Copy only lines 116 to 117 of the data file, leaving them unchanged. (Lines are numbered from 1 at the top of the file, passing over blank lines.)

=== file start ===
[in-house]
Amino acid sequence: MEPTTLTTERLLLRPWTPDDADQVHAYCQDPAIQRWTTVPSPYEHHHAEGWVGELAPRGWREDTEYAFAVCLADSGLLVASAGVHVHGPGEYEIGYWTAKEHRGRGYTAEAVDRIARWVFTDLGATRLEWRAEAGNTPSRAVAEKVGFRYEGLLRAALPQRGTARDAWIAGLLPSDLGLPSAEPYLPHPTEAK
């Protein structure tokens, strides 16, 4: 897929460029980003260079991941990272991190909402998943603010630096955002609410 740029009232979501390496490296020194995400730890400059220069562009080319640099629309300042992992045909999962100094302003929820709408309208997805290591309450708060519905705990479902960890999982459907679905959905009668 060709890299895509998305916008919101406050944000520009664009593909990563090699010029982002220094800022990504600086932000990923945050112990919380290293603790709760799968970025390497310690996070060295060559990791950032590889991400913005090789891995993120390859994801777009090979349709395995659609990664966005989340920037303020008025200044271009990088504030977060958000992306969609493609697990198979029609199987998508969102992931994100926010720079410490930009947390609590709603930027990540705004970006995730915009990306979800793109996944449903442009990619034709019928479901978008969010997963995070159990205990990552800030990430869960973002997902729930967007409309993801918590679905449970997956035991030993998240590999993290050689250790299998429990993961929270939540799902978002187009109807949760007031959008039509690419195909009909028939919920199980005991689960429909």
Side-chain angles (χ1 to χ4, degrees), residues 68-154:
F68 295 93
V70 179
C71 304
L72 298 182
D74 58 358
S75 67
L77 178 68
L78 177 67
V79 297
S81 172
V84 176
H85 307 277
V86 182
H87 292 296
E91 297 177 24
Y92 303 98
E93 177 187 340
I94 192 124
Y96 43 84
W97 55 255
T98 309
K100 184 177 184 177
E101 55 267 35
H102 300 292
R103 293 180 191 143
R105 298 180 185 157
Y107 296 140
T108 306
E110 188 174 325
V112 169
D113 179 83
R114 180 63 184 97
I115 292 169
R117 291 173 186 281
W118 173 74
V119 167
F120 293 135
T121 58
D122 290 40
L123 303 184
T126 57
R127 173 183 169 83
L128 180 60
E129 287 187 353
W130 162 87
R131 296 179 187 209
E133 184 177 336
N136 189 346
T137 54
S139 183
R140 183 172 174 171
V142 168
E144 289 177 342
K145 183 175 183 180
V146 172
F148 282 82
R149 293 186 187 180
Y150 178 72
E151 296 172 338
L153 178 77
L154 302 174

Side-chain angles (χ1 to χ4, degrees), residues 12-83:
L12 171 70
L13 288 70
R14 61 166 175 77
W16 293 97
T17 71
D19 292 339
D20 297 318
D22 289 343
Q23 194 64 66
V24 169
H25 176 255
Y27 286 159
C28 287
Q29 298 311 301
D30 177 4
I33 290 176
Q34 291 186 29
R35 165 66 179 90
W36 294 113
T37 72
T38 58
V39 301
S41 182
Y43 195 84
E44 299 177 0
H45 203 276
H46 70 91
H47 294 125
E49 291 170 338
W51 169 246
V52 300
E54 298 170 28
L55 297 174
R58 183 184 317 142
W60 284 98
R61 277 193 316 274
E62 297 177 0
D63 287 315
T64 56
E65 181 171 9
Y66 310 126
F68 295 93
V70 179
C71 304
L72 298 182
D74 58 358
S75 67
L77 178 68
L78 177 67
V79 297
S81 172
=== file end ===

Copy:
V79 297
S81 172